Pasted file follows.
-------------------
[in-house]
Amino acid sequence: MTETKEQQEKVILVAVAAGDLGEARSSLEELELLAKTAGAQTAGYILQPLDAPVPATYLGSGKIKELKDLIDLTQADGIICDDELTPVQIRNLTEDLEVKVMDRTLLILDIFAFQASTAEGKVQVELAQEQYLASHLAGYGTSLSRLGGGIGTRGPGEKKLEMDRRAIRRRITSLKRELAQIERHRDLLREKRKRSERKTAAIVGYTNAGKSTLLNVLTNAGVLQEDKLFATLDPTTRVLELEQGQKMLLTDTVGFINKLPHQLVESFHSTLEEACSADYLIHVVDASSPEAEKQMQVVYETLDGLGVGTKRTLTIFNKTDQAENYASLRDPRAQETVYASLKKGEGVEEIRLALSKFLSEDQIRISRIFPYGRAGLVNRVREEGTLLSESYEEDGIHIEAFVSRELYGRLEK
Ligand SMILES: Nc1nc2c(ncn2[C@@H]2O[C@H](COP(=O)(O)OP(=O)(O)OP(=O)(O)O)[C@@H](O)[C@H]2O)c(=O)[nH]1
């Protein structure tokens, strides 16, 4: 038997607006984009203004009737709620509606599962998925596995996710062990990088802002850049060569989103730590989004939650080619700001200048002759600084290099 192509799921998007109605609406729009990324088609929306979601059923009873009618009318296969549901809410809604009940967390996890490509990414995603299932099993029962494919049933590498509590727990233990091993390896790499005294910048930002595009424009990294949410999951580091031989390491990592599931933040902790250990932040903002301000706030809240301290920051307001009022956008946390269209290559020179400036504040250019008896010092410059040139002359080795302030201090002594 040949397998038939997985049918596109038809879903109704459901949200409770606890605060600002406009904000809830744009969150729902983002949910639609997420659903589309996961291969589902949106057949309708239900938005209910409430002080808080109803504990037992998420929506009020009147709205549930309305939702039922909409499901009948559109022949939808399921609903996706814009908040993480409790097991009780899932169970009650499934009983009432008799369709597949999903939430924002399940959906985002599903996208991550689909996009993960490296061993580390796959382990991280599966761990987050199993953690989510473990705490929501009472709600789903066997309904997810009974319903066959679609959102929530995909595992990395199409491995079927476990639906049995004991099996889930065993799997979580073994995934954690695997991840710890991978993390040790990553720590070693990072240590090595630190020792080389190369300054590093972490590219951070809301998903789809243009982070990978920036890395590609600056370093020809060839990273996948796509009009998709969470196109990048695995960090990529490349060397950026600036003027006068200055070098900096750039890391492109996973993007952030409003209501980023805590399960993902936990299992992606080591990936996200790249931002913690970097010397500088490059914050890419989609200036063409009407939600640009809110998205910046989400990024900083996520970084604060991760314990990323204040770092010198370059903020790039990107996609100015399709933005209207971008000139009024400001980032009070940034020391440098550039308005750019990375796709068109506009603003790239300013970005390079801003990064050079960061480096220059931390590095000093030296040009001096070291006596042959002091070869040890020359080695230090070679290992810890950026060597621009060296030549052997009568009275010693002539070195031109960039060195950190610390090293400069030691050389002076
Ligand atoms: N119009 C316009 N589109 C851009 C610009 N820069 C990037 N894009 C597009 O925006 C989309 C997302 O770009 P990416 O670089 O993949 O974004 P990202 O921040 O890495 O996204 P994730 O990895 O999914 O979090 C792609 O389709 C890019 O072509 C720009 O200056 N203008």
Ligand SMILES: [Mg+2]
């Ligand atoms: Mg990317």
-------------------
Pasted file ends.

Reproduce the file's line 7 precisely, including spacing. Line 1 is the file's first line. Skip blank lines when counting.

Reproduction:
């Ligand atoms: Mg990317």